New York CIty Council Member Ben Kallos

The After-“math” of the Public Advocate Special Election: How Campaigns Are Financed Just Got Flipped Upside Down Under New Campaign Finance Law Authored by Council Member Ben Kallos

Public Advocate Special Election Big Money versus Small Dollars

New York, NY – Money in New York City politics got flipped on its head in the recent Special Election for Public Advocate. For the first time small dollars made up almost two-thirds of all the money candidates raised when in the last competitive public advocate election small dollars only made up a quarter. The dramatic change was the result of Local Law 1 of 2019 authored by Council Member Ben Kallos. The law applies Campaign Finance Question 1 from the November 2018 ballot that won by 80% with 1.1 million votes as an option to the Special Election for Public Advocate and the elections that follow through 2021. Of the 17 candidates who appeared on the ballot, 11 qualified to receive a public matching grants, all but one of which chose the new system, receiving $7,178,120 accounting for more than 73% percent of the funds available to candidates.

“We’ve just flipped how campaigns are financed upside down with small dollar donors on top of big money. Providing candidates with three-quarters of the money they need to run and win has halved big money in politics, but we will need a full public match for a chance to get all the big money out,” said Council Member Ben Kallos. “Jumaane Williams made history as the first candidate to win citywide office without real estate money. The ground has shifted, candidates now know they can run and win without real estate money, and the voters won’t tolerate anything less.”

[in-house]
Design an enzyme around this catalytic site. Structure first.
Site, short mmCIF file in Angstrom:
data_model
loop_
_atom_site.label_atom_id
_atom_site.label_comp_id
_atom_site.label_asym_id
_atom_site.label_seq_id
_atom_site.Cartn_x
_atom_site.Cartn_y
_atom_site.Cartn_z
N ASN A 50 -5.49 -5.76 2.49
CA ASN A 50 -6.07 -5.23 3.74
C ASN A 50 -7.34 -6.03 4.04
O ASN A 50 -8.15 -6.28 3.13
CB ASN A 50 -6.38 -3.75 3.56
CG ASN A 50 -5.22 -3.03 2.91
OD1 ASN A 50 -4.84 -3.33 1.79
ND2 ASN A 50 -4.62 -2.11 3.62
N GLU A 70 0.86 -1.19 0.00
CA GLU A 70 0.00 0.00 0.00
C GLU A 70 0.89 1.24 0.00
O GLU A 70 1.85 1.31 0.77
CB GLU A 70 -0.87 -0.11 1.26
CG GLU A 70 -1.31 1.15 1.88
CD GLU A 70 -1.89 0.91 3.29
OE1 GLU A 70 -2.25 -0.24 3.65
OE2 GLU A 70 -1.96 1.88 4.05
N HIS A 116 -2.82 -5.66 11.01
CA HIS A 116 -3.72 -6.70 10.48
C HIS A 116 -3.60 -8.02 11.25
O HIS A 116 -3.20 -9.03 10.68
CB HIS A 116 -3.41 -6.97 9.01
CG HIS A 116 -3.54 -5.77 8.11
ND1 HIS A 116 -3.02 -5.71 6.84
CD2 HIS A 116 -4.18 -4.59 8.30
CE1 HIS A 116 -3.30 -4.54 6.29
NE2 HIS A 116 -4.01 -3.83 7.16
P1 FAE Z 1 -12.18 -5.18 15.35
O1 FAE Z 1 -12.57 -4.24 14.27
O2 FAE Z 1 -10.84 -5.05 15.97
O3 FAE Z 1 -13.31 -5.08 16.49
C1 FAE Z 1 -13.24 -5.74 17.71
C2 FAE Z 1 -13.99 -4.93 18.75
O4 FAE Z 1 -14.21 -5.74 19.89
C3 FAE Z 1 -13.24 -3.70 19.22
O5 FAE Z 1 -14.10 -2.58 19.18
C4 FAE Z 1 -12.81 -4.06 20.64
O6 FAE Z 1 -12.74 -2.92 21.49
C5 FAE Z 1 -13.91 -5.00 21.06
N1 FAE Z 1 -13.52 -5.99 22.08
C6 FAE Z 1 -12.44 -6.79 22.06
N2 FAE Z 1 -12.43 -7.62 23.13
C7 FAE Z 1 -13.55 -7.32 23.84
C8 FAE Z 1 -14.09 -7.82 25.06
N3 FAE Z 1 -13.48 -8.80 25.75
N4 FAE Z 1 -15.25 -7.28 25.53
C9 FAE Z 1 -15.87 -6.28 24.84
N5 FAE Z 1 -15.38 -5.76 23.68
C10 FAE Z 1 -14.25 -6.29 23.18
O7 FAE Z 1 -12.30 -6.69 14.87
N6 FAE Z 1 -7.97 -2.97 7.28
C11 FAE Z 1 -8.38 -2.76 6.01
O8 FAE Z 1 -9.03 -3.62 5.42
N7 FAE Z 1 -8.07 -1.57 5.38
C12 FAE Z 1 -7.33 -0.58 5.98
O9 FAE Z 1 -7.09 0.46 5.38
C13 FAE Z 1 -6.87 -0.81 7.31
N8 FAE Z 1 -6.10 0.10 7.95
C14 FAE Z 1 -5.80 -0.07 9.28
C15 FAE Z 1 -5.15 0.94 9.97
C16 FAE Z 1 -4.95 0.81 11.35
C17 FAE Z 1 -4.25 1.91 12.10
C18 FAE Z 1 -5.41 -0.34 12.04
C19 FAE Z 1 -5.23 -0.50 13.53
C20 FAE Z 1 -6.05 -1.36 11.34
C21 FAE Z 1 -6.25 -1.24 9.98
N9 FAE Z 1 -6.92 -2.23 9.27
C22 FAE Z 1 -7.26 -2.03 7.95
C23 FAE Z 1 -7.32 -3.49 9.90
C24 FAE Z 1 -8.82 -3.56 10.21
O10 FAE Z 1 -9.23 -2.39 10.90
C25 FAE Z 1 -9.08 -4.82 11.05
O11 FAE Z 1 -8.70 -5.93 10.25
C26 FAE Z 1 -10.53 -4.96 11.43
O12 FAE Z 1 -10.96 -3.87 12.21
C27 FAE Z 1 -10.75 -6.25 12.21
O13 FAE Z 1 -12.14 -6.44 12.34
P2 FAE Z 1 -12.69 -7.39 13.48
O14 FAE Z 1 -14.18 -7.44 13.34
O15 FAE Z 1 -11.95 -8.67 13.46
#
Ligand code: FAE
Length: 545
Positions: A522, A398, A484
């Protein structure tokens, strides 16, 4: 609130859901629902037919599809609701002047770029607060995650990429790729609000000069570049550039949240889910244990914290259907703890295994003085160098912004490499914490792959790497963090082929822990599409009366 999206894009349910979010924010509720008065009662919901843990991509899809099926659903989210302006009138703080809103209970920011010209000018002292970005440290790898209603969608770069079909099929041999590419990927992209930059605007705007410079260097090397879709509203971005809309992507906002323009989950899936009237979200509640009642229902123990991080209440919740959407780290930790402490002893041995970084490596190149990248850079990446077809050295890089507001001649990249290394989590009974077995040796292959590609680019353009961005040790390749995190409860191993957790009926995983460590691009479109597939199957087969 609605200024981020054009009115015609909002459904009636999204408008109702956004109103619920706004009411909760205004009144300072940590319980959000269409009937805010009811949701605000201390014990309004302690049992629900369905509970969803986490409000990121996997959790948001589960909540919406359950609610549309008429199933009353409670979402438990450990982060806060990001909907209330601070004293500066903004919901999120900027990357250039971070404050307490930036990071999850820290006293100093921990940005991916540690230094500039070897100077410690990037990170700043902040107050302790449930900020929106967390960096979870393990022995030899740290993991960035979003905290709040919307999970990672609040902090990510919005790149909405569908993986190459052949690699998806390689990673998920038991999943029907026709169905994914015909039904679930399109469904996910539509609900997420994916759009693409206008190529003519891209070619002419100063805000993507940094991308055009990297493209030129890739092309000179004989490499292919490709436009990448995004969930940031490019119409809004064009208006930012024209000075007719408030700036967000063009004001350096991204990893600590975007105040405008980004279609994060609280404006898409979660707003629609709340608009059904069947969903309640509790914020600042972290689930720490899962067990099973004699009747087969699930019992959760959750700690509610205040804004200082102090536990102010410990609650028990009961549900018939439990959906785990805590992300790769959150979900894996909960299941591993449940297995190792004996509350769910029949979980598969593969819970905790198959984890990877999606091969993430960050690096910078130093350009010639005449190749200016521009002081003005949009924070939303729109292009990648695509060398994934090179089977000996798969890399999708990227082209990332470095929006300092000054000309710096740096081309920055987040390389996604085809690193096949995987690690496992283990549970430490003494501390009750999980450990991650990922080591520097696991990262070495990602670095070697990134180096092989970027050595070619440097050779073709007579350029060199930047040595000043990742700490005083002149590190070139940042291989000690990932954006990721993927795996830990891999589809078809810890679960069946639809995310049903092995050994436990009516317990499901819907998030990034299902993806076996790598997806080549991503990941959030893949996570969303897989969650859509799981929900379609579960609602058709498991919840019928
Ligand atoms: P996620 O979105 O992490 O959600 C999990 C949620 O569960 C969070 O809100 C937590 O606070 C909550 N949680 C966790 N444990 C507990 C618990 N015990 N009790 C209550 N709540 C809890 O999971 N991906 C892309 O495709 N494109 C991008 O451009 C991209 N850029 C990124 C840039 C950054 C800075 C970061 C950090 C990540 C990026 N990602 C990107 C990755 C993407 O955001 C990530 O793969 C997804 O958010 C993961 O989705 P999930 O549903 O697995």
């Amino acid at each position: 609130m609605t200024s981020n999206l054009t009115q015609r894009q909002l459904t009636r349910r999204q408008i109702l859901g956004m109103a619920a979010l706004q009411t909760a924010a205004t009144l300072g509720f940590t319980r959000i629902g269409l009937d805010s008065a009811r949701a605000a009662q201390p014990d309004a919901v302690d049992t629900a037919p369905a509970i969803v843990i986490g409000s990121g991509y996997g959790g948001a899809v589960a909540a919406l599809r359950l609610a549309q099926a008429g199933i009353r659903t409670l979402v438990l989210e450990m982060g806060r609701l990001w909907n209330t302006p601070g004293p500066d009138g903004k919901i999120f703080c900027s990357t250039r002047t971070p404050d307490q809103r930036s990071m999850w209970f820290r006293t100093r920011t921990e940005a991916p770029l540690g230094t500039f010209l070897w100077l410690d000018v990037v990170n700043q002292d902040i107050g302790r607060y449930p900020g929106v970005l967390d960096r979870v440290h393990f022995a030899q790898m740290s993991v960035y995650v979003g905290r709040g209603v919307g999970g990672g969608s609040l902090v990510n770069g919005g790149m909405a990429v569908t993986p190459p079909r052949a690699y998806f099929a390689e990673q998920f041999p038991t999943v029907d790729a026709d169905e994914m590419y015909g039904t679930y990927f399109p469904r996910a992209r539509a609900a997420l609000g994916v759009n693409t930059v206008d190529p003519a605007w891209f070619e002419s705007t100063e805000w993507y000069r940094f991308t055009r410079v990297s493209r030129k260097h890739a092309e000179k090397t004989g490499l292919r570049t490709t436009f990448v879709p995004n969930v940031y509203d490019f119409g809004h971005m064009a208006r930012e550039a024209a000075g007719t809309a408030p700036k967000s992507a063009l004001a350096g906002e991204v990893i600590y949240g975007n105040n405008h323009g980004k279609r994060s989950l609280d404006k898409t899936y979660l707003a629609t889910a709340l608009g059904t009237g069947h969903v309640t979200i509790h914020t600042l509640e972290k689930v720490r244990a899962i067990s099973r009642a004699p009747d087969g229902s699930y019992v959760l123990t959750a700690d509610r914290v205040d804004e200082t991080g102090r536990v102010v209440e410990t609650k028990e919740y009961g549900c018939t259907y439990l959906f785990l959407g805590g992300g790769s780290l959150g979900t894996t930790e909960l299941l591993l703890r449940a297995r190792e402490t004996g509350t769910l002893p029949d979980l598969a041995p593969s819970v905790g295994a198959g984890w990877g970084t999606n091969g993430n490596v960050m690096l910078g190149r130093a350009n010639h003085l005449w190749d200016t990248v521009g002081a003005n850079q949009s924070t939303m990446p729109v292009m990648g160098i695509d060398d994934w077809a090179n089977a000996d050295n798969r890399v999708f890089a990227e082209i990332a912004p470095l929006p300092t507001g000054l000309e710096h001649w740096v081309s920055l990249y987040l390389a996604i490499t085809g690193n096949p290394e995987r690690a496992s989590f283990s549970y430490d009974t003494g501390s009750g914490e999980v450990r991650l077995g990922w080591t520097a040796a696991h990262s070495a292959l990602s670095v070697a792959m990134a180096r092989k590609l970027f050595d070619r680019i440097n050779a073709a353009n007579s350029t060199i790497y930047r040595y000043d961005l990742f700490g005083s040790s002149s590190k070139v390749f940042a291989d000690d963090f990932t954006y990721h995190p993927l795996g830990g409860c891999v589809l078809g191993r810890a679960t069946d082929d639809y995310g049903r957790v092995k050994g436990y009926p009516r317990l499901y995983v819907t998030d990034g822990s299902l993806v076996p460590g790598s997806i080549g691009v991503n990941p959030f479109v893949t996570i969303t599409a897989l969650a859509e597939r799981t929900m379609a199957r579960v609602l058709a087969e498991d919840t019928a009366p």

“The Public Advocate's race reveals the beneficial impact of recent changes to city campaign finance law,” said Alex Camarda, Senior Policy Advisor for Reinvent Albany. “There has been a seismic shift toward raising far more money from small donors that has not been the case for citywide races in the past.”

“Across the country, more Americans than ever before are sick of big money’s outsized influence in politics. Even though I’m a millionaire, I’m sick of it too,” said Morris Pearl, Chair of Patriotic Millionaires. “I know our country is at its best when every voice is heard and weighted the same, and our great city is no different. In November, we made progress by passing campaign finance reform that strengthens the political power of average New Yorkers. Still, more can be done to fix our democracy. A full public match will not only make the average New Yorker’s vote more equal to mine, but it will allow people to run who don’t have friends with big money.”

“The strength of our democracy is so much greater when candidates are fueled by the people they aspire to represent. We thank the NYC Council, Speaker Johnson, and more specifically Councilmember Kallos, for their leadership, and are excited to watch as more candidates are accountable to their diverse communities over corporate dollars under the new campaign finance law,” said Murad Awawdeh, Vice President of Advocacy, New York Immigration Coalition.

“Last week's election shows that good public policy can increase the impact of small contributions from New Yorkers, lessen reliance on special interest dollars and increase the public's confidence in the independence of their elected officials," said Neal Rosenstein, Government Reform Coordinator of NYPIRG. "The Council, Mayor and Campaign Finance Board deserve kudos for implementing this reform so quickly and efficiently.”